Ginsberg also talked often about drug use. Throughout the 1960s he took an active role in the demystification of LSD, and, with Timothy Leary, worked to promote its common use. He was also for many decades an advocate of marijuana legalization, and, at the same time, warned his audiences against the hazards of tobacco in his Put Down Your Cigarette Rag (Don’t Smoke): “Don’t Smoke Don’t Smoke Nicotine Nicotine No / No don’t smoke the official Dope Smoke Dope Dope.”
CIA drug trafficking
Through his own drug use, and the drug use of his friends and associates, Ginsberg became more and more preoccupied with the American government’s relationship to drug use within and outside the nation. He worked closely with Alfred W. McCoy who was writing The Politics of Heroin in Southeast Asia which tracked the history of the American government’s involvement in illegal opium dealing around the world. This would affirm Ginsberg’s suspicions that the government and the CIA were involved in drug trafficking. In addition to working with McCoy, Ginsberg personally confronted Richard Helms, the director of the CIA in the 1970s, but he was simply brushed off as being “full of beans”. Allen wrote many essays and articles, researching and compiling evidence of CIA’s involvement, but it would take ten years, and the publication of McCoy’s book in 1972, before anyone took him seriously. In 1978 Allen received a note from the chief editor of the New York Times, apologizing for not taking his allegations seriously so many years previous. The political subject is dealt with in the song/poem “CIA Dope calypso”.
Though early on Ginsberg had intentions to be a labor lawyer, he wrote poetry for most of his life. Most of his very early poetry was written in formal rhyme and meter like that of his father or his idol William Blake. His admiration for the writing of Jack Kerouac inspired him to take poetry more seriously. Though he took odd jobs to support himself, in 1955, upon the advice of a psychiatrist, Ginsberg dropped out of the working world to devote his entire life to poetry. Soon after, he wrote “Howl”, the poem that brought him and his friends much fame and allowed him to live as a professional poet for the rest of his life. Later in life, Ginsberg entered academia, teaching poetry as Distinguished Professor of English at Brooklyn College from 1986 until his death.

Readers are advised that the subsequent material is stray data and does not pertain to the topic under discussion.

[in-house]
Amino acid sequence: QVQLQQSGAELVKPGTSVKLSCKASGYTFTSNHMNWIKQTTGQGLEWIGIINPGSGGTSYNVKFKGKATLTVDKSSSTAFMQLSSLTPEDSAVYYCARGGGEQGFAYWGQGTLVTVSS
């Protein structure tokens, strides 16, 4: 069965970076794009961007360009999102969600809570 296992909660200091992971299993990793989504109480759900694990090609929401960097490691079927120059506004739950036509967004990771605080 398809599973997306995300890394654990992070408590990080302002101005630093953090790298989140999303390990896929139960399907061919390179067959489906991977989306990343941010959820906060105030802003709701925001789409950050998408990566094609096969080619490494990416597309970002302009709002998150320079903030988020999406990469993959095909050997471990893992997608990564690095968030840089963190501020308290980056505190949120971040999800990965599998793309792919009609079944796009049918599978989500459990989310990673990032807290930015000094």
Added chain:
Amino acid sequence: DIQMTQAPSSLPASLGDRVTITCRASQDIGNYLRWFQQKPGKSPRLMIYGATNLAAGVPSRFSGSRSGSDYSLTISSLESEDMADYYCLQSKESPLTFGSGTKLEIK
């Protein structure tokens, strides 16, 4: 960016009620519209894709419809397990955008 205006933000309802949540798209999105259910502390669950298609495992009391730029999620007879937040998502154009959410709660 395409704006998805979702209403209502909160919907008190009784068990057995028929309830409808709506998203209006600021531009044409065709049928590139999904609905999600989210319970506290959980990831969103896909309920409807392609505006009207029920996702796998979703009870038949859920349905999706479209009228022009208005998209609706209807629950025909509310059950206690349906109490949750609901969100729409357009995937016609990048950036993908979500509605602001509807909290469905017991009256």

Inspiration from friends
Since Ginsberg’s poetry is intensely personal, and since much of the vitality of those associated with the beat generation comes from mutual inspiration, much credit for style, inspiration, and content can be given to Ginsberg’s friends.
Ginsberg claimed throughout his life that his biggest inspiration was Kerouac’s concept of “spontaneous prose”. He believed literature should come from the soul without conscious restrictions. Ginsberg was much more prone to revise than Kerouac. For example, when Kerouac saw the first draft of “Howl” he disliked the fact that Ginsberg had made editorial changes in pencil (transposing “negro” and “angry” in the first line, for example). Kerouac only wrote out his concepts of Spontaneous Prose at Ginsberg’s insistence because Ginsberg wanted to learn how to apply the technique to his poetry.